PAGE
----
Back-in-the-day, when I went to pick up my moose license at an MNR office in Toronto, I dropped in on a class of wannabe moose hunters and listened to a CO giving a lecture on adequate ballistic requirements — a .30-caliber was inferred as most often a .308 Win to a .300 Win Mag was the number used for illustration, including the .30-06 — for the termination of a bull moose, assuming “a good hit”. The lecturer stated that under “normal conditions” 2 ft-lbs of energy for every 1 lb of moose would be adequate at impact. Therefore, using the data above from a “premium load” as a guide for a .30-06, if the bull weighed 1050 lbs, 300 yards would be the absolute limit to meet such criteria.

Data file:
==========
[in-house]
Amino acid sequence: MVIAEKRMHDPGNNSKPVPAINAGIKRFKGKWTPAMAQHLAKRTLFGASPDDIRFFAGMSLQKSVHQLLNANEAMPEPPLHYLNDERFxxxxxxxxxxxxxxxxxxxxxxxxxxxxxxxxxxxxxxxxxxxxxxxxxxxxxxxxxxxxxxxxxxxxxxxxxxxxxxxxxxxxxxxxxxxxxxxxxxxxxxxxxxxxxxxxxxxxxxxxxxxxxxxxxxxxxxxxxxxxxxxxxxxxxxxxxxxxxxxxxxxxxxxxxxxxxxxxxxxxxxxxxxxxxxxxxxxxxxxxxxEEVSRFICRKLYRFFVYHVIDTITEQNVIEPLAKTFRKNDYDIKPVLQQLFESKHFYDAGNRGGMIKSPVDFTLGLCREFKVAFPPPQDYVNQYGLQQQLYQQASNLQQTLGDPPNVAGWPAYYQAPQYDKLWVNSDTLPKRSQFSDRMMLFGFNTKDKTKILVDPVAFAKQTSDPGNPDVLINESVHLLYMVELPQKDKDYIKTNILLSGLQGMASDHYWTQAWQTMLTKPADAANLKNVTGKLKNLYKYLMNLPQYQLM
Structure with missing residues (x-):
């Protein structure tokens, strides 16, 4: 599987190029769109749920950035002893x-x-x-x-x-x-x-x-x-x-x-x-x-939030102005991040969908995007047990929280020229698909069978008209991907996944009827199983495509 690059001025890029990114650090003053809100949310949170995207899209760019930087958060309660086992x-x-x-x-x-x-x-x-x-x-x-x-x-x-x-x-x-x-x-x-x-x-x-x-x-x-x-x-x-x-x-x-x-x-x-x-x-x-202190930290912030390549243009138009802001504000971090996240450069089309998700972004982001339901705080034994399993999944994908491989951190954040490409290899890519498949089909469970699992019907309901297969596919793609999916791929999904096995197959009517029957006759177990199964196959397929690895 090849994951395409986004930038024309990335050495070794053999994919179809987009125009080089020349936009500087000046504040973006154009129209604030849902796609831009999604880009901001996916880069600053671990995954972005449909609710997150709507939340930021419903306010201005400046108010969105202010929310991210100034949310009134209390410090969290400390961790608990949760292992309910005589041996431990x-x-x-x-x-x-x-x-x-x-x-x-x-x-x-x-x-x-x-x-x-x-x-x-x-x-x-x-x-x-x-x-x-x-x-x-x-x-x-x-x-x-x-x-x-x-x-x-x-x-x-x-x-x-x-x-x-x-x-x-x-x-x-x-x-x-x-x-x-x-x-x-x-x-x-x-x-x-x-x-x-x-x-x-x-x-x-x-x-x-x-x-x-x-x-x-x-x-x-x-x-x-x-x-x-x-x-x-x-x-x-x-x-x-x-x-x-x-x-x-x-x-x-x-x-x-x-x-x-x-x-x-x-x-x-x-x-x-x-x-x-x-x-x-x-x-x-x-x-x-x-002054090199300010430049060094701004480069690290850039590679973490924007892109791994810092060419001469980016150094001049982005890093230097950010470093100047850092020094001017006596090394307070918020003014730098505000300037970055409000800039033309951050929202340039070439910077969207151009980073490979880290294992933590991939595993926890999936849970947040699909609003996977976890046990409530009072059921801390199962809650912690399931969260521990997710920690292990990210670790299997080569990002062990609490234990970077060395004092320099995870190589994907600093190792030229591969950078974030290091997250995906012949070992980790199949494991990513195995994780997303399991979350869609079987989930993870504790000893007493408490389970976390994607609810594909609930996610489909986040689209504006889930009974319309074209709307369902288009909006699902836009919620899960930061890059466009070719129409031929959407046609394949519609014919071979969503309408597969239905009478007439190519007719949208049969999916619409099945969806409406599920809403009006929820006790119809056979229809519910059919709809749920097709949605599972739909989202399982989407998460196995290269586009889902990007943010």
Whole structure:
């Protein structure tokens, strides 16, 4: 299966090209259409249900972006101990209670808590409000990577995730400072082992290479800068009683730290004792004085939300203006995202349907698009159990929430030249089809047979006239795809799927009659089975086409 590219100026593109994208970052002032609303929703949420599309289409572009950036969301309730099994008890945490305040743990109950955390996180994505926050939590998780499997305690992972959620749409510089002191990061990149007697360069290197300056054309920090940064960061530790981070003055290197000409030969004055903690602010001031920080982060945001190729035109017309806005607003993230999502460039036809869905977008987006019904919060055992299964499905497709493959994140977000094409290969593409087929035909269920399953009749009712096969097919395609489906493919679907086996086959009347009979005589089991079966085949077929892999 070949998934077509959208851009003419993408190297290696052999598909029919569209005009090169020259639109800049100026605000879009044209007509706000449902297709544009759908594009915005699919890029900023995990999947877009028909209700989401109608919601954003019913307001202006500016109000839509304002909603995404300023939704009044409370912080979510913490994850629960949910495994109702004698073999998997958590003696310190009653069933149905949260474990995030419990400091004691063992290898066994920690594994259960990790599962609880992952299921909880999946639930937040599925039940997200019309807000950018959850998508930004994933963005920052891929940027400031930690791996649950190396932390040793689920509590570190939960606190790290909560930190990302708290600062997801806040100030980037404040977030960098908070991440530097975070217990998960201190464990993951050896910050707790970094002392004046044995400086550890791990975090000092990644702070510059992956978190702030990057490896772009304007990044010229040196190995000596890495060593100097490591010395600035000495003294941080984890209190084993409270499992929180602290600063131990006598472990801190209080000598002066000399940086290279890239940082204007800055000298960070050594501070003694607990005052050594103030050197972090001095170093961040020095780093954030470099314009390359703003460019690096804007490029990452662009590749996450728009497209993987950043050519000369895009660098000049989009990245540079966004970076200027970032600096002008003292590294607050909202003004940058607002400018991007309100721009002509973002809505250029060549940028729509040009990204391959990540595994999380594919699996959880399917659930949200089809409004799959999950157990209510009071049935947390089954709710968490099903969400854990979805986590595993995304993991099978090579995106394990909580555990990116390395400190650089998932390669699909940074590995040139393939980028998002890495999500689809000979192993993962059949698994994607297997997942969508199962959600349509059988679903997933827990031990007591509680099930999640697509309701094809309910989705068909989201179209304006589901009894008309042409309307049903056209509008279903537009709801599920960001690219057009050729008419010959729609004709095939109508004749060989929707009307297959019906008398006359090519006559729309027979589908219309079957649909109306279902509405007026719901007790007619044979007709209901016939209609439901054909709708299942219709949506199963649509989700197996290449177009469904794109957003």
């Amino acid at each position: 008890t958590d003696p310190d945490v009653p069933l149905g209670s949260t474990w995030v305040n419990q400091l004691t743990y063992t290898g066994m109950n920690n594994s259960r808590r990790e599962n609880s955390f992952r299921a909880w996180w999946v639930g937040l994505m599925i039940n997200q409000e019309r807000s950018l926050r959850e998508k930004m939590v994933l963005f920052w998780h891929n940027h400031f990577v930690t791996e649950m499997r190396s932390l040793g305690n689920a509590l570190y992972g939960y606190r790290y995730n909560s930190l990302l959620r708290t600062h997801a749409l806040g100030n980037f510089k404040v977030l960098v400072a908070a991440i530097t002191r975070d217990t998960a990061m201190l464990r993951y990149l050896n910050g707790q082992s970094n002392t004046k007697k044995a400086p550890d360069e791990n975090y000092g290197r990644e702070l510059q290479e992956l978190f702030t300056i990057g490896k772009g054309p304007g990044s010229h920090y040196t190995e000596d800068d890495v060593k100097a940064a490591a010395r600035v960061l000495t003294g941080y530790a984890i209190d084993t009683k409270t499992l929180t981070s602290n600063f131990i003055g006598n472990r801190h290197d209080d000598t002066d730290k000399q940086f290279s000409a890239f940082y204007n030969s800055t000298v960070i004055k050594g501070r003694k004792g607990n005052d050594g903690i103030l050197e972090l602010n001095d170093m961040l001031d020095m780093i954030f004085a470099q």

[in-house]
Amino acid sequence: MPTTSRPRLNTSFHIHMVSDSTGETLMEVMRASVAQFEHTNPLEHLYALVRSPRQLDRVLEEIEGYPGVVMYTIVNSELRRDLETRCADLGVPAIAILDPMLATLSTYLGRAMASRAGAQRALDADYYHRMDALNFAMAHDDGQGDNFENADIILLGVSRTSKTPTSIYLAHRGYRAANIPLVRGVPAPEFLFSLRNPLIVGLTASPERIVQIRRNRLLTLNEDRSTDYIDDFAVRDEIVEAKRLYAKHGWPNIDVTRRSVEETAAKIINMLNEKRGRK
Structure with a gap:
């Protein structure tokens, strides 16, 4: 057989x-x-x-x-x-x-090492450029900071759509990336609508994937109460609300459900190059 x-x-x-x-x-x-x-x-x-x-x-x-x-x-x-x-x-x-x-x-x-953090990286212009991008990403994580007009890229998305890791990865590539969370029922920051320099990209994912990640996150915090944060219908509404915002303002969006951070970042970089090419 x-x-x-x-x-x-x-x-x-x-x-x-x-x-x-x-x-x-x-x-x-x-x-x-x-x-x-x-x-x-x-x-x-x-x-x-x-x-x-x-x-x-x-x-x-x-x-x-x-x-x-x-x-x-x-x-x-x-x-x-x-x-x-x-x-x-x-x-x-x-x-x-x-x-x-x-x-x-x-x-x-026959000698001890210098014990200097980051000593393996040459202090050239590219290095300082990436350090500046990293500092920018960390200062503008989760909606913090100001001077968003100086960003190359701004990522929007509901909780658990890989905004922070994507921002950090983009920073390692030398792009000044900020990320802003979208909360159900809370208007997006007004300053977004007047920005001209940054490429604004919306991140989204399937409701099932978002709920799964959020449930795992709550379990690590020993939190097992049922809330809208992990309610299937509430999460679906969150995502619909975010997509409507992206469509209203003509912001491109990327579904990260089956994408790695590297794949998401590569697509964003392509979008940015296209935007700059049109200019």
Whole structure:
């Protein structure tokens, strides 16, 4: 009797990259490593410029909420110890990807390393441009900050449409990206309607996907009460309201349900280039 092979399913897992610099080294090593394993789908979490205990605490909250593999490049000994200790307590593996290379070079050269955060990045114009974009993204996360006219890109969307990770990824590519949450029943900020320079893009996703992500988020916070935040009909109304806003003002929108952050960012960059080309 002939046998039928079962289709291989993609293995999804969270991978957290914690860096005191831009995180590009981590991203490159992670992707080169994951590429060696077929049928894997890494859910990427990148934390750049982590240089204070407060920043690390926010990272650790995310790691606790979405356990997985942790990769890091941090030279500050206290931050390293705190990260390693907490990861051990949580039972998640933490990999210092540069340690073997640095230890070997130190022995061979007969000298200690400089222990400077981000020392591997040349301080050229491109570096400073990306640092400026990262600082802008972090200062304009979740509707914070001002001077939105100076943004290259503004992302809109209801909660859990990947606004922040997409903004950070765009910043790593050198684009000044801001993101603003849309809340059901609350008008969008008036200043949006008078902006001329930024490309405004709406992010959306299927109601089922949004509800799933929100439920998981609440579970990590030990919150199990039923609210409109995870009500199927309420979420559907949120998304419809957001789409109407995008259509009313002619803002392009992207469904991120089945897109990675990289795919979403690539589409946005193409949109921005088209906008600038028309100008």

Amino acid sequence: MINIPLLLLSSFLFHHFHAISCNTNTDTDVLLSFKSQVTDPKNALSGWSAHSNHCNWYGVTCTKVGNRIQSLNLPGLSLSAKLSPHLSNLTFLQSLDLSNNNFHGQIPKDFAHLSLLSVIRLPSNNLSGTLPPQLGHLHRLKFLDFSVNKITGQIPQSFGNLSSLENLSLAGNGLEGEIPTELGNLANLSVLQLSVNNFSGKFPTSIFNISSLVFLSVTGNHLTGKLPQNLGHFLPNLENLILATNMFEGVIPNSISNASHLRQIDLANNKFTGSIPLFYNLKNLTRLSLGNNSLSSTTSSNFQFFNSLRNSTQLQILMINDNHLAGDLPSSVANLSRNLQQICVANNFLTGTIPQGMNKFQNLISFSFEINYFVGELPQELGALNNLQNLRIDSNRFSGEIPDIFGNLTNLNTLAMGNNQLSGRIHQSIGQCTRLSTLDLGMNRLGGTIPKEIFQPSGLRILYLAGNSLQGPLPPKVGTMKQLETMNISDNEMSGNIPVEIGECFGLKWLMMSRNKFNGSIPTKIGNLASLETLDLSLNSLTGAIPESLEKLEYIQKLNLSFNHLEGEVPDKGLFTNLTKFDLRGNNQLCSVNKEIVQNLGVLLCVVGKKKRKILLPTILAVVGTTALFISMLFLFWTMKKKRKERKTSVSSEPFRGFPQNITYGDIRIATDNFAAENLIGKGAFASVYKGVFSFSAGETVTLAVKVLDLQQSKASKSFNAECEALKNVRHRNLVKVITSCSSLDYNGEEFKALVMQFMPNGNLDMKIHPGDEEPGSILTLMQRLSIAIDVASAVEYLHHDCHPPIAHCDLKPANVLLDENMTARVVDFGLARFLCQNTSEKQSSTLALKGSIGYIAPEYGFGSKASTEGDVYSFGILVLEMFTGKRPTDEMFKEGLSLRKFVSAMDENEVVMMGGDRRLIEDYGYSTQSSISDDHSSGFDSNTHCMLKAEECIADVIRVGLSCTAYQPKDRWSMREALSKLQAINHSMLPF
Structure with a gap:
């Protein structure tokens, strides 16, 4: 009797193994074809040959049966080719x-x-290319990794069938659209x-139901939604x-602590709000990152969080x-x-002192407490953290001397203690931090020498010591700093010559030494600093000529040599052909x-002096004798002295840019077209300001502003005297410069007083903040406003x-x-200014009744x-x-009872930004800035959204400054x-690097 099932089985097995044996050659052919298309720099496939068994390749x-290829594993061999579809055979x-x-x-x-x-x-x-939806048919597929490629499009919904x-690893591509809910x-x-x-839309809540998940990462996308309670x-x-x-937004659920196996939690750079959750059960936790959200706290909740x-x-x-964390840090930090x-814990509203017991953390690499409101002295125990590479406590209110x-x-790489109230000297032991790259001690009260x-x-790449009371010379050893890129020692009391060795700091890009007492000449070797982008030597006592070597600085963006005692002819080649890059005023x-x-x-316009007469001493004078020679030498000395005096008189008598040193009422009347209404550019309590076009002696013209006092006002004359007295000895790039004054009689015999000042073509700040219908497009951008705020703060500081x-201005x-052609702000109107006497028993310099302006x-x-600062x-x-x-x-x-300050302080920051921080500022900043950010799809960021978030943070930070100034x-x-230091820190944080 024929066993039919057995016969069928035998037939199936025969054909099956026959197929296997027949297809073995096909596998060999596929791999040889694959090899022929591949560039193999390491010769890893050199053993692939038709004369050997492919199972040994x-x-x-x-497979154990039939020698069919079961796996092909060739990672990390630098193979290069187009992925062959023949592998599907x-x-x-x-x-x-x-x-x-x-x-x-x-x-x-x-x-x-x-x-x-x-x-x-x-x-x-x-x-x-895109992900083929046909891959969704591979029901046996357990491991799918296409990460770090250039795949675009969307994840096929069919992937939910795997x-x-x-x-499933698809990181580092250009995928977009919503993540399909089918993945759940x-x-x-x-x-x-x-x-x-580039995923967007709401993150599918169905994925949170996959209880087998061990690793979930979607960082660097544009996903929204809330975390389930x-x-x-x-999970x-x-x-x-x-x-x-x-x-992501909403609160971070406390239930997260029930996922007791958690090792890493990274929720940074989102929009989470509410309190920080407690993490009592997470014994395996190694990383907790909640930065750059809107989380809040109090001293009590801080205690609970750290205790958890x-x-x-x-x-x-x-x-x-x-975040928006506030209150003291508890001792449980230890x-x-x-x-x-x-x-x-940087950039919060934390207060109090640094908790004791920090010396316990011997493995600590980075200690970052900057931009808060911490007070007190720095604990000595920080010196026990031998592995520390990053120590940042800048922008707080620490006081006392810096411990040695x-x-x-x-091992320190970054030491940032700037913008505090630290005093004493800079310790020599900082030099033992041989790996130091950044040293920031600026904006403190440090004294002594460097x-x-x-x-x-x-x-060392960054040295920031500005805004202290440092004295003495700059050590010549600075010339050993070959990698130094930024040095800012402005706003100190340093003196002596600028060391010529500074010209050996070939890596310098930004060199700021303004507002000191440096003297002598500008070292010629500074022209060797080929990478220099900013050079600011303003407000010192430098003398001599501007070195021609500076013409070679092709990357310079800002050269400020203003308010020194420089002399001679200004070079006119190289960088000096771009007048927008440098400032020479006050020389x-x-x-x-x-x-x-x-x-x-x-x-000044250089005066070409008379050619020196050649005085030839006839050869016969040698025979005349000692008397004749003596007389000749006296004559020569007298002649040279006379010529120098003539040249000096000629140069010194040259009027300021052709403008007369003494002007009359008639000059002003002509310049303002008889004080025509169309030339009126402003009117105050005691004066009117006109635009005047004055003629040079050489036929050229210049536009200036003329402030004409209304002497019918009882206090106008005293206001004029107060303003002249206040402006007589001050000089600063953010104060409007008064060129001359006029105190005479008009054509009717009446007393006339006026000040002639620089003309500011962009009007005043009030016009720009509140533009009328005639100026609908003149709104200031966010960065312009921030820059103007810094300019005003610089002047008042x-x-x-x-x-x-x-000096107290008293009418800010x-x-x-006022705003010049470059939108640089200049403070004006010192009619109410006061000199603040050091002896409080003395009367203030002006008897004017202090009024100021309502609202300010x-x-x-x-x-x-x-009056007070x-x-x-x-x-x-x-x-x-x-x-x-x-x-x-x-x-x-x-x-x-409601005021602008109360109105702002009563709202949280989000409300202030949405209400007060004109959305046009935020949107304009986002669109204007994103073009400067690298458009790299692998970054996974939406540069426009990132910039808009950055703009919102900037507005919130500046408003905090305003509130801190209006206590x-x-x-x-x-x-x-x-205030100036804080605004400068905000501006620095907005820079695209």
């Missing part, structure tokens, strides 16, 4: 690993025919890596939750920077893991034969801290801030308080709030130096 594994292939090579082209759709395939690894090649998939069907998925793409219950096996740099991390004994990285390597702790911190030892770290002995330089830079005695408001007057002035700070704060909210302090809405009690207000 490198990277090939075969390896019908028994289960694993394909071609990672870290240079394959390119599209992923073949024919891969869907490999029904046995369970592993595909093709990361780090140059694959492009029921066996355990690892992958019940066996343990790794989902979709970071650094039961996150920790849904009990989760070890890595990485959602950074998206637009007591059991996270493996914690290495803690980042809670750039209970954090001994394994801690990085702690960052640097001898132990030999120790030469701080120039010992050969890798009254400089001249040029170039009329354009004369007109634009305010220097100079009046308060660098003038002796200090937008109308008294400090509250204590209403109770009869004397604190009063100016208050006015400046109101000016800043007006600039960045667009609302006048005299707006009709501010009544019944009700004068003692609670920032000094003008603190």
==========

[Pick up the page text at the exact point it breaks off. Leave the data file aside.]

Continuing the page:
Of course, most moose are shot closer than that and are not necessarily that heavy, but some are farther and heavier. So, whatever we might think of such advise, and of course there are exceptions, I personally have chosen a rifle and load in hunting moose that exceeds what might be considered “normal” or average simply because few situations actually turn out to be “average”, because “average” takes in large differences in both range and physical conditions in hunting BG anywhere from “in your face” to 500 or more yards. And the same is true of angles of shot and weight or size of game.
(A .458 Win Mag for a moose hunt? Yup!)>